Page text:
Monthly Archives: March 2010

New Sails

Every March is the graduation show of probably the largest batch of animation and digital media students in Singapore, from Nanyang Polytechnic. As per tradition, it’s also a time when selected companies set up little interview booths at the campus to sieve through candidates hoping to soon get a taste of working life and all its drama.

A student’s life isn’t easy, but the great unknown after leaving school is often the most daunting episode in the life of a young adult stepping into the working world for the first time proper. There will be worries of preparing resumes and portfolios, imminent military enlistments (for the guys), heartbreaks, and the emotional realisation that a chapter of your life is about to close while the next one will, for the first time, have to be written in your own words.

We’ve all been there, one way or another. The least a potential employer can do in this instance, even if it doesn’t seem like the candidate might be suitable, is to provide some advice (hopefully good one) and pointers that would help set off the sails of the graduate in a general direction. The rest is up to how hard he or she is willing to paddle, and maybe with a bit of lucky wind, the boat would find its harbour.

Best of luck to the 2010 graduating class of the School of Interactive & Digital Media.

Bernard: “Wait a minute, this doesn’t look like the wedding package catalogue…”

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Knockout Shoot

The crew for Knockout, a new kids reality series on Okto, came by the studio on Sunday for their latest episode shoot. Two sets of hosts (old school & new school) faced off as they tried their hands on animation.

We went with the bread and butter of basic animation demos – the bouncing ball. There really wasn’t time (or the need) to cover things like the 12 principles or even simple drawing. The assets were all prepared beforehand and the competitors hit the workstation after only a short brief on the basic concept of animation and how-tos with the software. Truth is, the guys weren’t the first we’ve come across who thought that animation’s just pressing a few buttons on the keyboard and presto – the illusion of life!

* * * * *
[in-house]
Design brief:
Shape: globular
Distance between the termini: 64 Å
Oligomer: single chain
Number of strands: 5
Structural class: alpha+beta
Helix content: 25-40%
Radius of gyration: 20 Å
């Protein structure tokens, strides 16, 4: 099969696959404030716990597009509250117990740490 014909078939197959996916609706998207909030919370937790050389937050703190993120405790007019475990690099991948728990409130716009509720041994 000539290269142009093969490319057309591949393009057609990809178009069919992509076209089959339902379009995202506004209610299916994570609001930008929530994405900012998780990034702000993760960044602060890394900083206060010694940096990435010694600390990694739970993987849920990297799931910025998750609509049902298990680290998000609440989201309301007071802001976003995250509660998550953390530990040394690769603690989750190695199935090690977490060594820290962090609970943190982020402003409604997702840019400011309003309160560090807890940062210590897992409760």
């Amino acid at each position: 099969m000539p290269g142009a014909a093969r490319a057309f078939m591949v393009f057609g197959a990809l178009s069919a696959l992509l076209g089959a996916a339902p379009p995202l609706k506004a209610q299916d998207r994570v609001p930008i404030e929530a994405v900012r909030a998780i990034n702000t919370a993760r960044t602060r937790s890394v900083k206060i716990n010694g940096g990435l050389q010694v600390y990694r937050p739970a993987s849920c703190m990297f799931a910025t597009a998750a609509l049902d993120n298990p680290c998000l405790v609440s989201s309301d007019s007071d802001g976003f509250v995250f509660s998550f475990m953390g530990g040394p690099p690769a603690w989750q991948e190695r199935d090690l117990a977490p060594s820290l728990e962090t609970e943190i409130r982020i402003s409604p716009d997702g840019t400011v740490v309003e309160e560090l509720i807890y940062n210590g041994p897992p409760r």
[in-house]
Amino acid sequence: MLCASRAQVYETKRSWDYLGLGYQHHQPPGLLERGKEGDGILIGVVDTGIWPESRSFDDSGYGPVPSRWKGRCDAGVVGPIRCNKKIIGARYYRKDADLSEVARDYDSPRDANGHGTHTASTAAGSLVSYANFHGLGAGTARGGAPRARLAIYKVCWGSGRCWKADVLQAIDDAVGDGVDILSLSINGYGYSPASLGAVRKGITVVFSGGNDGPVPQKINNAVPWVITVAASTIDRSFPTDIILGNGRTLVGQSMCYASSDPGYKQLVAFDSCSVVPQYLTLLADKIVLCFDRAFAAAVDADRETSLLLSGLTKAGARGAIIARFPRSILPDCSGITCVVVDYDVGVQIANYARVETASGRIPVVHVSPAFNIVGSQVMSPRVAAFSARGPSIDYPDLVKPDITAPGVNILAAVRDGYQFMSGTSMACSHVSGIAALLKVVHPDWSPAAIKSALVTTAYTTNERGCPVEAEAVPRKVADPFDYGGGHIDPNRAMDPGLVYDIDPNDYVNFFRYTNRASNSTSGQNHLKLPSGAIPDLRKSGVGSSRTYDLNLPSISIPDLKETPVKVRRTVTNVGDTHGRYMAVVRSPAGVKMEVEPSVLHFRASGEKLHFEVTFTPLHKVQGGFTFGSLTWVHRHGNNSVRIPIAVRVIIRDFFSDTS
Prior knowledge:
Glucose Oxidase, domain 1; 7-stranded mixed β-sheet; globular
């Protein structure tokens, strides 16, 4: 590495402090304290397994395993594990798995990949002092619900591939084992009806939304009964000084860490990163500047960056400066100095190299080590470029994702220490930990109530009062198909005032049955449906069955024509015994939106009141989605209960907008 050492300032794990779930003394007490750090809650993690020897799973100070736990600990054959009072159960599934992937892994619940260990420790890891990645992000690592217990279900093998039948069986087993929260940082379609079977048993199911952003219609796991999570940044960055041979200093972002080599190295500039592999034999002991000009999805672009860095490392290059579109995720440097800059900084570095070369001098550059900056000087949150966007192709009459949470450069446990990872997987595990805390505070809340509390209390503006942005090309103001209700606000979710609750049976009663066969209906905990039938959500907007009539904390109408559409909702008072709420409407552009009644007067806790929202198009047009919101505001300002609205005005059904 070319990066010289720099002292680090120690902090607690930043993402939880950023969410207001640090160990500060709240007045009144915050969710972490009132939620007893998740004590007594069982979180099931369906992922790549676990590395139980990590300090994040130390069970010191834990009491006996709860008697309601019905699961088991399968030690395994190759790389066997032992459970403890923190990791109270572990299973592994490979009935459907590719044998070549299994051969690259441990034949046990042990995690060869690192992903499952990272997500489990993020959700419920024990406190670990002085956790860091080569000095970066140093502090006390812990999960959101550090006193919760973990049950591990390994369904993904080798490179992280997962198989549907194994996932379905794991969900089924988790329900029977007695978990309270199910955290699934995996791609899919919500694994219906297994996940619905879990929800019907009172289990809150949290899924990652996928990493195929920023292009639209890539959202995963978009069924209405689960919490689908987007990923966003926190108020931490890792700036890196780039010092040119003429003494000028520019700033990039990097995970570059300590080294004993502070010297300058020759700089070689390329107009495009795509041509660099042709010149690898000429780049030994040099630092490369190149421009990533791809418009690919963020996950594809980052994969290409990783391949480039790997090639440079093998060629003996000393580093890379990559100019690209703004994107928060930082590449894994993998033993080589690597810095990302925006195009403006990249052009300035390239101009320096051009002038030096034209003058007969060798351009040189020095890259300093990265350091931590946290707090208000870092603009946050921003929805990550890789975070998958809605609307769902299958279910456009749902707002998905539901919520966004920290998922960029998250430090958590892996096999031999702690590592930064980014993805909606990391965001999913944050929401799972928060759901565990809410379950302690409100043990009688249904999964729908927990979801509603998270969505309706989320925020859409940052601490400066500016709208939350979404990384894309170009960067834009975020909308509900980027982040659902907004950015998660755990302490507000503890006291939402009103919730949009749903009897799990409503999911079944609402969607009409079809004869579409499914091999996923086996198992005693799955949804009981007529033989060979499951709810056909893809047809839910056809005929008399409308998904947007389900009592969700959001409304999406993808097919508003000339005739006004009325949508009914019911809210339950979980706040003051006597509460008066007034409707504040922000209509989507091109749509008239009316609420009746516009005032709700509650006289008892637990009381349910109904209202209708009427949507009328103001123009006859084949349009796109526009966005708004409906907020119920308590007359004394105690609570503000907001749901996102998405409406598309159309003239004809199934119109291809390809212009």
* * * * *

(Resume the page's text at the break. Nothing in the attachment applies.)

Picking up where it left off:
I  won’t reveal the contest’s outcome, but hopefully the episode will help kids and audiences in general appreciate the hard work and pain that animators go through just to bring a little bit of magic onto the screen.

Also want to give a shout out to the crew from Hoods Inc. and especially the hosts Haikel, Annabel, Nigel & Jermaine, who were great sports and kept the mood light all the way till 11pm (on a Sunday!).


Random Studio Toys


Blast From The Past: Ghibli Museum

As we dust off the concepts, treatments and story ideas over the last couple of years, laying them out as the team take the first serious steps towards an original animated feature (our first), I thought I’ll post an excerpt from an old blog entry after my visit to Ghibli Musuem, Tokyo in 2008.

Ghibli Museum, Mitaka, Tokyo  24 March 2008

I left Ghibli Musuem in a somewhat sombre mood. I had little to say to my friend whom I went with, and was quiet for most of the long walk back to Mitaka station. It confused me why I was feeling that way – almost depressed. I struggled to find an answer.

My thoughts searched back to the afternoon’s visit. For 2 hours or so I walked the halls and corridors of the museum, passing by Ghibli’s famed creations, concept art, original storyboards and handwriting from Miyazaki himself, seeing the research, dexterity, talent, love and heart that went into making these timeless animated films.

I saw the uninhibited joy of children surrounded by their favourite Ghibli characters, without a worry in the world except how to get themselves on the catbus and go flying with Totoro.  I could see the wonder in the eyes of adults seemingly lost in a world that calls out to their memories, beckoning them to let their childhood return for a few moments, for they have never quite gone away – only forgotten.

As I board the train back to the city, my thoughts return to the present and it struck me: I wanted to visit Ghibli Museum because I love the films and thought I’ll have a good time and be inspired. Truth is, inspiration was never the problem. The effect on me was much more profound. I felt the presence and more significantly, the pressure of true greatness. And It was terrifying.

But as I passed stations after stations, the fear subsided, replaced by a clarity and sense of pride – almost beaming pride – that we’re in the same profession as the magicians and storytellers at Studio Ghibli. The important thing is not that we even contemplate achieving what they have done, but that we felt their spirit and understood their purpose.

If our studio’s film can touch just one person in the cinema the way Ghibli’s works touch a generation, it would have been worth every drop of sweat and tear to make it happen.